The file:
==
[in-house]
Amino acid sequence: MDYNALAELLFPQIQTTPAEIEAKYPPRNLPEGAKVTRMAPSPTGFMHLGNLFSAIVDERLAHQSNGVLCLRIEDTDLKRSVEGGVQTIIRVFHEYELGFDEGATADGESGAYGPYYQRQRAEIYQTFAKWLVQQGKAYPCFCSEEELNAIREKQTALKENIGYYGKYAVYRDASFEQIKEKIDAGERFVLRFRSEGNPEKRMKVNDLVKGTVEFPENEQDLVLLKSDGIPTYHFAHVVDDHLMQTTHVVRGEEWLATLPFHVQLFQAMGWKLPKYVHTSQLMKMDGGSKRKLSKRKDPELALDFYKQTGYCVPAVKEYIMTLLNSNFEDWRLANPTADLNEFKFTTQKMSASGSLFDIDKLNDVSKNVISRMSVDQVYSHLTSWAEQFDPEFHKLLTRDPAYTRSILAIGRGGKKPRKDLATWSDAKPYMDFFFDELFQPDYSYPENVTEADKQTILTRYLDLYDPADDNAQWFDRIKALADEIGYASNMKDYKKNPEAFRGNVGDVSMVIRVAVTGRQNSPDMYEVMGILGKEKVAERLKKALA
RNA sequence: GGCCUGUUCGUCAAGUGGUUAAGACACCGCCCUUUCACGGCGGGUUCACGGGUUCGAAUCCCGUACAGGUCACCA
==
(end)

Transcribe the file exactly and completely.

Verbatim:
[in-house]
Amino acid sequence: MDYNALAELLFPQIQTTPAEIEAKYPPRNLPEGAKVTRMAPSPTGFMHLGNLFSAIVDERLAHQSNGVLCLRIEDTDLKRSVEGGVQTIIRVFHEYELGFDEGATADGESGAYGPYYQRQRAEIYQTFAKWLVQQGKAYPCFCSEEELNAIREKQTALKENIGYYGKYAVYRDASFEQIKEKIDAGERFVLRFRSEGNPEKRMKVNDLVKGTVEFPENEQDLVLLKSDGIPTYHFAHVVDDHLMQTTHVVRGEEWLATLPFHVQLFQAMGWKLPKYVHTSQLMKMDGGSKRKLSKRKDPELALDFYKQTGYCVPAVKEYIMTLLNSNFEDWRLANPTADLNEFKFTTQKMSASGSLFDIDKLNDVSKNVISRMSVDQVYSHLTSWAEQFDPEFHKLLTRDPAYTRSILAIGRGGKKPRKDLATWSDAKPYMDFFFDELFQPDYSYPENVTEADKQTILTRYLDLYDPADDNAQWFDRIKALADEIGYASNMKDYKKNPEAFRGNVGDVSMVIRVAVTGRQNSPDMYEVMGILGKEKVAERLKKALA
RNA sequence: GGCCUGUUCGUCAAGUGGUUAAGACACCGCCCUUUCACGGCGGGUUCACGGGUUCGAAUCCCGUACAGGUCACCA